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"The trade that we believe in is built on rules, trust and reliable partnership", President Jean-Claude Juncker said in a speech in Dublin last night. Leaders from the UK, Germany, and France slammed Trump's decision to hit the European Union with steel and aluminum tariffs and the bloc responded with tariffs of their own. Trump's tariffs, he said, contradict "all logic and history".

The products affected will include cigarettes, denim, peanut butter, orange juice, blue jeans, bourbon, and motorcycles. Suntanning equipment - sunbeds and lamps - was hit with the same rate, as were washing machines and some electronic devices.

The European Union this week triggered the first phase of retaliation against the United States over its metal-import tariffs imposed on national-security grounds, making good on more than three months of threats to hit American goods with tit-for-tat levies.

"We are left with no other choice", Malmstrom said in a statement.

"The rules of global trade, which we have developed over the years hand in hand with our American partners, can not be violated without a reaction from our side", Malmstrom added, calling the European Union response "measured, proportionate and fully in line with WTO rules".


John Murphy, a senior vice president at the US Chamber of Commerce, estimates that $US75 billion in US products will be subject to new foreign tariffs by the end of the first week of July.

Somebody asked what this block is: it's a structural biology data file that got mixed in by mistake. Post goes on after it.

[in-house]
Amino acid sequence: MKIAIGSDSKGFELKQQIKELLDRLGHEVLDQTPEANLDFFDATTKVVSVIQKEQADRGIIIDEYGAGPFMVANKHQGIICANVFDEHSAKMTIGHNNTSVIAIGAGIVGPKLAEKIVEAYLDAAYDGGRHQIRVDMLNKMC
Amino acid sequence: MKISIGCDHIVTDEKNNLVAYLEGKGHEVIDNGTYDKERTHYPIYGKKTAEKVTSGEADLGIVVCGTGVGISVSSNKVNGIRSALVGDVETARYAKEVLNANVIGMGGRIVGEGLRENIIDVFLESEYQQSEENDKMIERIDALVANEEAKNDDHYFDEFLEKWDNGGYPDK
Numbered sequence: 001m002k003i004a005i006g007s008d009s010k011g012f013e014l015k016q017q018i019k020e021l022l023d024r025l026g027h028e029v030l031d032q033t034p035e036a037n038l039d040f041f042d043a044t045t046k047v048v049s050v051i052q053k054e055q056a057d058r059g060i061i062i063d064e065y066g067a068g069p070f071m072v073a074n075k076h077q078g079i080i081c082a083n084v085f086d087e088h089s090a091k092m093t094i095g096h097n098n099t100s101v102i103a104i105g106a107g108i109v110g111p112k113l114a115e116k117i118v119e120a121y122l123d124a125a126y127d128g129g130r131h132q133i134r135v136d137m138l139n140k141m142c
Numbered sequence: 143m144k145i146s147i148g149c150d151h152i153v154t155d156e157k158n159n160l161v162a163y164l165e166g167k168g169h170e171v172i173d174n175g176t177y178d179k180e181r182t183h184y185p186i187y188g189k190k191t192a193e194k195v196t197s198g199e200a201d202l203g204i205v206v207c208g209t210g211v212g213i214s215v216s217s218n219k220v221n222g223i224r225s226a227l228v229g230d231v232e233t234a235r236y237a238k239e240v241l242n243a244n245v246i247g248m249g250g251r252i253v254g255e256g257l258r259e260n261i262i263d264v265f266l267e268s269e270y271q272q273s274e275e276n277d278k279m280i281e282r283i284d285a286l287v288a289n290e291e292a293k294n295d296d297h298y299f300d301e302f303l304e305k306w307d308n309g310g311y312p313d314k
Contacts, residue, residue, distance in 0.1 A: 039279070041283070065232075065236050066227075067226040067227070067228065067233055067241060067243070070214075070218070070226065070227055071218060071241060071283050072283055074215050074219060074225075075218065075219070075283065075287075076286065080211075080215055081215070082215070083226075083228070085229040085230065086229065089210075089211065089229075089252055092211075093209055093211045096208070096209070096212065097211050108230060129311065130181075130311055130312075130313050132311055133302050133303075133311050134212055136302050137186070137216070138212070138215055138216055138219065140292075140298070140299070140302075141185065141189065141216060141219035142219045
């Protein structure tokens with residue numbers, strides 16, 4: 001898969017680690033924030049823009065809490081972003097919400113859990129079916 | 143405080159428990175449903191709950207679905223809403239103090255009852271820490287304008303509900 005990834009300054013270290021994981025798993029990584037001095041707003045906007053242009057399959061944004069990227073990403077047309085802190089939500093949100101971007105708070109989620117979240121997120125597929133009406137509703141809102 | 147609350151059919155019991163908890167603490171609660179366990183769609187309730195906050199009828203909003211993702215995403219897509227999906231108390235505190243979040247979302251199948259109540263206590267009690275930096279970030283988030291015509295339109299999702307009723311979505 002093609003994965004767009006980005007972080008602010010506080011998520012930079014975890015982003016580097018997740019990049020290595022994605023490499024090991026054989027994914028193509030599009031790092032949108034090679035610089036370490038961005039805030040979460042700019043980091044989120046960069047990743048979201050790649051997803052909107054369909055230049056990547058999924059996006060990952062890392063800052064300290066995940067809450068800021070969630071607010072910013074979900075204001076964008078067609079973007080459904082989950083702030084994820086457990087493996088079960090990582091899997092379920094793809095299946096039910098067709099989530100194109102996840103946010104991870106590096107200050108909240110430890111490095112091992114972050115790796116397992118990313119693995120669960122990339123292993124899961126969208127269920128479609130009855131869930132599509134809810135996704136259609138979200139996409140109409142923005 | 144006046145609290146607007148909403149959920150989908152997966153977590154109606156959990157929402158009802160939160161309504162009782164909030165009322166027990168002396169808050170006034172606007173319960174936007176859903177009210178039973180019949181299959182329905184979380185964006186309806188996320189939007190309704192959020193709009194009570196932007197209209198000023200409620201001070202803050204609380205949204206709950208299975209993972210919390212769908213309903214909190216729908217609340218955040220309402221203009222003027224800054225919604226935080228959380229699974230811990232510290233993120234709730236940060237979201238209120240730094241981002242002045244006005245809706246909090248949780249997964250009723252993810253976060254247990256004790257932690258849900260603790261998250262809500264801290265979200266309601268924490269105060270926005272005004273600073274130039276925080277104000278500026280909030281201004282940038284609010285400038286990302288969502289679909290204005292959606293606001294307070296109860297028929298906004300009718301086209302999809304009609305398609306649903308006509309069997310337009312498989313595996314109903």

Brussels first drew up the list in March when US President Donald Trump initially floated the idea of 25 percent tariffs on steel imports and 10 percent on aluminium. Trump is threatening to impose a tariff double that size if the European Union doesn't remove its barriers.

In the case of China, even though the world's second-largest economy does not import enough from the United States to match Mr Trump's tariffs dollar for dollar, Beijing can still squeeze American companies in other ways.

President Trump said the measures against the EU are meant to protect USA national security interests, but the Europeans claim it can not be that close allies, many of them North Atlantic Treaty Organisation partners, would endanger US security. The countries have hit each other with tariffs on $50 billion worth of goods; Trump has threatened to add another $200 billion. But if both exports and sales of USA companies inside China are measured, the United States has a surplus of US$20 billion with China, according to Deutsche Bank AG. "They are going to report bad earnings".


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